It’s been almost one year since heads of state and government adopted ‘Transforming Our World: The 2030 Agenda for Sustainable Development’ – the ambitious agenda which contains 17 sustainable development goals (SDGs) and 169 targets during a special session of the UN General Assembly on 25 September 2015.
In fact, 2015 was one of the most important years for multilateral agreements. Not only did the governments sign up to SDGs, they also reached the Paris Climate Agreement and the Addis Ababa Action Agenda as the framework for funding the two policy agendas.
The SDGs were the culmination of four years of negotiations. Starting in July 2011, with the initial proposal by Paula Caballero from the government of Colombia, these negotiations became the most participatory process in UN history.
The vision reflected in the Heads of State Declaration expressed the aspirations of the agenda:
“We envisage a world in which every country enjoys sustained, inclusive and sustainable economic growth and decent work for all. A world in which consumption and production patterns and use of all natural resources – from air to land, from rivers, lakes and aquifers to oceans and seas – are sustainable. One in which democracy, good governance and the rule of law as well as an enabling environment at national and international levels, are essential for sustainable development, including sustained and inclusive economic growth, social development, environmental protection and the eradication of poverty and hunger.”
However on major criticism levelled at the SDGs and their targets is that they are far too numerous. The reality is that the world of 2015 faced major crises in so many areas that it is difficult to imagine what could have been excluded. Those challenges were also identified to include:
“Global health threats, more frequent and intense natural disasters, spiraling conflict, violent extremism, terrorism and related humanitarian crises and forced displacement of people threaten to reverse much of the development progress made in recent decades. Natural resource depletion and adverse impacts of environmental degradation, including desertification, drought, land degradation, freshwater scarcity and loss of biodiversity, add to and exacerbate the list of challenges which humanity faces. Climate change is one of the greatest challenges of our time and its adverse impacts undermine the ability of all countries to achieve sustainable development.”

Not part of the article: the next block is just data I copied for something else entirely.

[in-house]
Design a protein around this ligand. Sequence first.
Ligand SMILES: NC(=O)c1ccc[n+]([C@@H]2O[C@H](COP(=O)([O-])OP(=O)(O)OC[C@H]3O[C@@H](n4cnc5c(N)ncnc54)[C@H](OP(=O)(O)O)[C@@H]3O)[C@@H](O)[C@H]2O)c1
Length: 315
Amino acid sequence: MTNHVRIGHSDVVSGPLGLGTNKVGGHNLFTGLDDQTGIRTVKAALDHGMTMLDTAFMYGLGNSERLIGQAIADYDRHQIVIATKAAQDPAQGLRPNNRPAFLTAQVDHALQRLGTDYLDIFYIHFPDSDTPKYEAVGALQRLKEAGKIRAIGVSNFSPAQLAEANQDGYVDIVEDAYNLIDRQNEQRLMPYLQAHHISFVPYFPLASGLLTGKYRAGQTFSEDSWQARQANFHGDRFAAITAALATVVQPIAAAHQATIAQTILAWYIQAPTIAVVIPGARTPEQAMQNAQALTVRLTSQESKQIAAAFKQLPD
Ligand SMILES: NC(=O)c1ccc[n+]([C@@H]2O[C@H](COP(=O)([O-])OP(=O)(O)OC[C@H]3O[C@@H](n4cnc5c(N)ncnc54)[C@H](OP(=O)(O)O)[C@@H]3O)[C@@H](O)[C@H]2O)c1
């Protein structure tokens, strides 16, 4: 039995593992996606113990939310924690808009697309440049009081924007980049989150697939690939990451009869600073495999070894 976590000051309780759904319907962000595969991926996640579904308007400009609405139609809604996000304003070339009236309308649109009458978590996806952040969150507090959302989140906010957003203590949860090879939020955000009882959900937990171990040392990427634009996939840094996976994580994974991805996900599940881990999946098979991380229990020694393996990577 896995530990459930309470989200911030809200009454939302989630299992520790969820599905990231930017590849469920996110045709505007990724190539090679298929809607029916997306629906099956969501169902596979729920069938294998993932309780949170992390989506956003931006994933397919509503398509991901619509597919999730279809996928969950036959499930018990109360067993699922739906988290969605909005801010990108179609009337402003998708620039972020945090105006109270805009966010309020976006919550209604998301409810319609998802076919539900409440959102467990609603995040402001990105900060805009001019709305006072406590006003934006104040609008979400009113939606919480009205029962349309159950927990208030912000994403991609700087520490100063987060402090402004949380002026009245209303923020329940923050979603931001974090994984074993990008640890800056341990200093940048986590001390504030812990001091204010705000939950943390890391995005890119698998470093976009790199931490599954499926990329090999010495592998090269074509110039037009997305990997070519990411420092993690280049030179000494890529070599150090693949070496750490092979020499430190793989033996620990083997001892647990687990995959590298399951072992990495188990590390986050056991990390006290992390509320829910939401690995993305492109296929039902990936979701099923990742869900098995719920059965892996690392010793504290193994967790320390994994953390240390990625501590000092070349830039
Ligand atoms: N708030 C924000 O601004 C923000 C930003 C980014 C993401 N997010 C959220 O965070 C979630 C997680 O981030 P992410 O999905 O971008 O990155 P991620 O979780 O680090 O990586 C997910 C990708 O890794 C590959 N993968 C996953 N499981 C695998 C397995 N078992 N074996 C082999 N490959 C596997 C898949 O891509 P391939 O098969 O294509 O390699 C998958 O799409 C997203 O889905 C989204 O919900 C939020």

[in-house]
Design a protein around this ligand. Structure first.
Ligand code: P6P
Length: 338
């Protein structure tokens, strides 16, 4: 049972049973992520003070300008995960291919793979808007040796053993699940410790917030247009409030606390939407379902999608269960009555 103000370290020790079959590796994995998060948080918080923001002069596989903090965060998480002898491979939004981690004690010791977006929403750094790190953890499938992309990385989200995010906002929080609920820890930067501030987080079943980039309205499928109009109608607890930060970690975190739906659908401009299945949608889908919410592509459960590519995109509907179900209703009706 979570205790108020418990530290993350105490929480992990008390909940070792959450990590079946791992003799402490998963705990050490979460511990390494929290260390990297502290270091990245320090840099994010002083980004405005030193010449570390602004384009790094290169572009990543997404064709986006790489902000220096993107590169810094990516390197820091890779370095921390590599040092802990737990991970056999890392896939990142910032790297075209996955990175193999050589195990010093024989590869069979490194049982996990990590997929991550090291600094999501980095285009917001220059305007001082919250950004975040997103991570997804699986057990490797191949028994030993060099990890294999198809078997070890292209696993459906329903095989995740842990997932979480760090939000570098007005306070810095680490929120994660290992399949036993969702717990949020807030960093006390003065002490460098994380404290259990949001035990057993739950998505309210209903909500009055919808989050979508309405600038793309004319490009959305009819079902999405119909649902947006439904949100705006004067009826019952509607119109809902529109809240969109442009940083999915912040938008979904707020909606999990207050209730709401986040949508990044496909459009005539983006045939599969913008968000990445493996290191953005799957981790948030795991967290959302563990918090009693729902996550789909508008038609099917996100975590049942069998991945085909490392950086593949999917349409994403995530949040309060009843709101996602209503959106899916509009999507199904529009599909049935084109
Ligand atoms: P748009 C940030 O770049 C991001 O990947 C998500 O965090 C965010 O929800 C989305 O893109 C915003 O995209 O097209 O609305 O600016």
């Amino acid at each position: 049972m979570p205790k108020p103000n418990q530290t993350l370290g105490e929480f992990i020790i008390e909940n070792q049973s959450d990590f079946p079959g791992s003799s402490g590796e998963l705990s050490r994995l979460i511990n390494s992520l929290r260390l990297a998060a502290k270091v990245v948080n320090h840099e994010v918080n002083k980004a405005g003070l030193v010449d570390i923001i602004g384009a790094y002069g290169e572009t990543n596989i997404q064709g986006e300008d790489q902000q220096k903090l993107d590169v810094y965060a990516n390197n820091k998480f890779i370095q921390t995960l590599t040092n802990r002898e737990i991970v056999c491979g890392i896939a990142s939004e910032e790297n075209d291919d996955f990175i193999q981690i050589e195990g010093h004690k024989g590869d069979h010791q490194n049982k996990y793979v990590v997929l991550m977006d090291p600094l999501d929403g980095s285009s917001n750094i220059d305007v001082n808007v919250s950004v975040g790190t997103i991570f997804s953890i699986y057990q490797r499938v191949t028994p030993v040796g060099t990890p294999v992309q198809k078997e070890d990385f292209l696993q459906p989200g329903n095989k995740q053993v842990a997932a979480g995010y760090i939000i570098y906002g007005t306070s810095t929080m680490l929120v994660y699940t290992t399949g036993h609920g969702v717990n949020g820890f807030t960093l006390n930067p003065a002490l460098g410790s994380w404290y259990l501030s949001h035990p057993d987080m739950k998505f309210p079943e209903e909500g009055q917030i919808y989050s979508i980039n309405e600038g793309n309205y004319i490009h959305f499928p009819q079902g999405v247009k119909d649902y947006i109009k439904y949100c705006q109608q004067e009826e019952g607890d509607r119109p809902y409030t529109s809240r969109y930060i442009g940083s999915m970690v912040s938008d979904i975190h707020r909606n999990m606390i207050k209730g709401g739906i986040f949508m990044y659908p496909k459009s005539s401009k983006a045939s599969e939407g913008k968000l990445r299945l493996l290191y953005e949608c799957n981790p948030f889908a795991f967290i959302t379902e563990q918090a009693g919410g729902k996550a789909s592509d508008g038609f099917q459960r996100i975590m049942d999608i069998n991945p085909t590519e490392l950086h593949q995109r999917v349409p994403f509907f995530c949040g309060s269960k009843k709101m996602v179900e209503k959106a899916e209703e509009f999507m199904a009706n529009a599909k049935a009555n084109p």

Compared to Agenda 21 the outcome from the 1992 Earth Summit, the new SDGs include a firm commitment to gender equity as a goal and targets that address the interlinkages between goals. They add energy, which was not an Agenda 21 chapter, and they focus on clean energy as the way forward. Agenda 21 did not deal with the issue of ‘good jobs and economic growth’ (SDG 8) and ‘resilient infrastructure, promote inclusive and sustainable industrialization and foster innovation’ (SDG 9) nor Goal 10 on ‘inequality’.
The Sustainable Development Solutions Network estimate that it will cost $2-3 trillion a year to deliver the SDGs. In 1992 it was estimated that Agenda 21 would cost $625 billion a year. Decades of inaction explain why the cost has increased so much.